Job-seekers turn out for Medina employment event
Pride Pak gets big response for new jobs
MEDINA – The first-ever Medina Area Job Fair was packed with job hunters this afternoon. There were about 15 companies at the job fair, with Pride Pak drawing the most attention.
Pride Pak has a vegetable processing plant under construction on Maple Rudge Road. The company is eyeing Aug. 1 for the opening of the facility, but will hire staff before then for training, said Mauro LoRusso, vice president of finance.
Pride Pak expects to have 40 employees in the first year, and will hire for the production line, maintenance, clerical, fork lift operations, and janitorial. LoRusso said he was impressed with the long line of potential employees at the job fair.
“It’s more than I expected,” he said about the turnout.
Medina village officials pushed for the job fair with the Orleans County Job Development Agency. Michael Sidari, Medina mayor, said there are many companies in Medina looking to fill jobs, from technical skills to human services.
“There are quite a few jobs around,” he said.
Two extra tables had to be added after the job fair opened to accommodate people filling out job applications. Sidari was pleased to see so many residents show up.
“You get the feeling that people really want to work,” he said.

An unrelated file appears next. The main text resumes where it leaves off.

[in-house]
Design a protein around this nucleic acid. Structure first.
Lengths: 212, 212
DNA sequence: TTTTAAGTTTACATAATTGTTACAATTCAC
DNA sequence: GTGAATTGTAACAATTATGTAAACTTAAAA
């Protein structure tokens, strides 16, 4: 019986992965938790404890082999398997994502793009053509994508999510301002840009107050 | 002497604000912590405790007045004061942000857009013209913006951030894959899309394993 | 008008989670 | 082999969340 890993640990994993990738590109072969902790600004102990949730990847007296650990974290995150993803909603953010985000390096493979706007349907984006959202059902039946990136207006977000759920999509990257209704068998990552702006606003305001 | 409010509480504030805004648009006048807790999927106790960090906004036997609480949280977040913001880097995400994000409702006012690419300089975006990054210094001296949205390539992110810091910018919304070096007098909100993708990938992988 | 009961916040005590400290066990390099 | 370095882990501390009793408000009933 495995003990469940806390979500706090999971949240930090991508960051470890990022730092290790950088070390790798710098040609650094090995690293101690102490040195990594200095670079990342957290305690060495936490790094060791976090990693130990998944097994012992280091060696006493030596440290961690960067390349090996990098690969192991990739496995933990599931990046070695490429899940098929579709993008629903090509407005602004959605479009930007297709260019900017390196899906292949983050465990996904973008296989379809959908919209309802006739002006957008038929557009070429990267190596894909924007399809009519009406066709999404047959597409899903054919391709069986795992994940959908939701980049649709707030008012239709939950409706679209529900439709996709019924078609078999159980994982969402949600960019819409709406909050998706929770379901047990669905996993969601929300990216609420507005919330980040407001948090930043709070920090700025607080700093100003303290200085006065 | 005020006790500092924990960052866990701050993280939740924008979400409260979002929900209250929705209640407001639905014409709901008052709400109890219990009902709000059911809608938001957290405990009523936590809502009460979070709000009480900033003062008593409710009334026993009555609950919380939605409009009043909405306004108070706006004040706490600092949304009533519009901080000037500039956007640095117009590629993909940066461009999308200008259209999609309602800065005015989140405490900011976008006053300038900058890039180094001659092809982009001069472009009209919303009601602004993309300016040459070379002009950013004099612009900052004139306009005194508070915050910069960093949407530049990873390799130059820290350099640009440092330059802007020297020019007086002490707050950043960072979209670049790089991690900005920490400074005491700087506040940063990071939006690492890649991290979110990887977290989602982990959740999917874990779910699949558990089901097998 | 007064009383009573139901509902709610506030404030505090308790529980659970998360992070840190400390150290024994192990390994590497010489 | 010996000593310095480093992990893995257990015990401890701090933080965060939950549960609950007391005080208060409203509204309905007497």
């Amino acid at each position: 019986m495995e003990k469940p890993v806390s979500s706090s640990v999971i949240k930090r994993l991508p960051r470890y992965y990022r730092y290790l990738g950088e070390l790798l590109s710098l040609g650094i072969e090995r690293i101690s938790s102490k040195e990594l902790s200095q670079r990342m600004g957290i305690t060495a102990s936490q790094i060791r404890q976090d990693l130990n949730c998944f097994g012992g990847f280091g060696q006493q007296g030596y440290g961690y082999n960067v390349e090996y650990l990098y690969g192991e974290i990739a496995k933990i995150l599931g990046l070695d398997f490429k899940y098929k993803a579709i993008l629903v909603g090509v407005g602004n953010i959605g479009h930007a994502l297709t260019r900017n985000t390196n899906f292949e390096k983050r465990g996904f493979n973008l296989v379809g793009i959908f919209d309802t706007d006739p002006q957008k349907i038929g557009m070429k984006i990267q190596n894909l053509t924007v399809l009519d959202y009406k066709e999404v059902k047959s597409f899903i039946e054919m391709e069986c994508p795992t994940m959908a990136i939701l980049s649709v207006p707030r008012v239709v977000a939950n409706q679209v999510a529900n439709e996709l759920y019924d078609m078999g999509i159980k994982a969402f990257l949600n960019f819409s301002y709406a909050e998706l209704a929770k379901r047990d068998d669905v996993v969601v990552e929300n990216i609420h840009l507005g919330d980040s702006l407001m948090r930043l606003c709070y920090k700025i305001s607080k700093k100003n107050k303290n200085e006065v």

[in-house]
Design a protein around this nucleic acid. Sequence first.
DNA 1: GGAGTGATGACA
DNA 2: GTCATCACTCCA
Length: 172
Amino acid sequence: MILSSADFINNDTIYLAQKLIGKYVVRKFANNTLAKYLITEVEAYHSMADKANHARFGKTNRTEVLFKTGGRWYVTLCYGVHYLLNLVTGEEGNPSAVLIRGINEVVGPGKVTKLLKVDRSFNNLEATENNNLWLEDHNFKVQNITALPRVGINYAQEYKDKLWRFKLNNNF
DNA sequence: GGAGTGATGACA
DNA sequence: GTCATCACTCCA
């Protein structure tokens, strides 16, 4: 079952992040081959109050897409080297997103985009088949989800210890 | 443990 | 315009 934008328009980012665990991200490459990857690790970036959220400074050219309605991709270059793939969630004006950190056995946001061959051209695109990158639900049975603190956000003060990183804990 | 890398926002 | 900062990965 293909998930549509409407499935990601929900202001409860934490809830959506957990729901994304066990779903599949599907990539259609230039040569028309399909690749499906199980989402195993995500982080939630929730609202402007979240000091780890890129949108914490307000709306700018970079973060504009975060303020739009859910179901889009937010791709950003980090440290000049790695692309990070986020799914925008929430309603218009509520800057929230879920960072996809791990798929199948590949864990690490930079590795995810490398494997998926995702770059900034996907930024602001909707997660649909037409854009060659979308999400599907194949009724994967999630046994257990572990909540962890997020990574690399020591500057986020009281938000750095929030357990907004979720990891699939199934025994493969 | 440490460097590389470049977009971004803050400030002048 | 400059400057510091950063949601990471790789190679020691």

Kelly Kiebala, the Job Development director, said there at least 200 open positions in the county. The job fair included representatives from agencies that provide child care, transportation and housing. Kiebala said those agencies can help fill barriers to employment.
Sarah Levanduski-Surdel, client program manager for Adecco, has worked as a job recruiter for the past decade for Adecco in Batavia and Lockport. She said it is a tight labor market currently, with companies looking to fill many positions. The businesses have also boosted their wages, partly because of the increase in the minimum wage for fast food workers to $9.75 per hour.
“We don’t have enough people to fill all of the jobs,” she said.
Some people are still reluctant to start at entry level positions. Levanduski-Surdel urges people to take those jobs.
“You have to start somewhere,” she said. “The jobs are out there. Don’t be afraid to get some experience in a job you don’t see yourself in in 10 years.”
Sarah Levanduski-Surdel lives in Shelby and has watched the 62,000-square-foot Pride Pak facility take shape.
“Something new with new opportunities for people is awesome,” she said.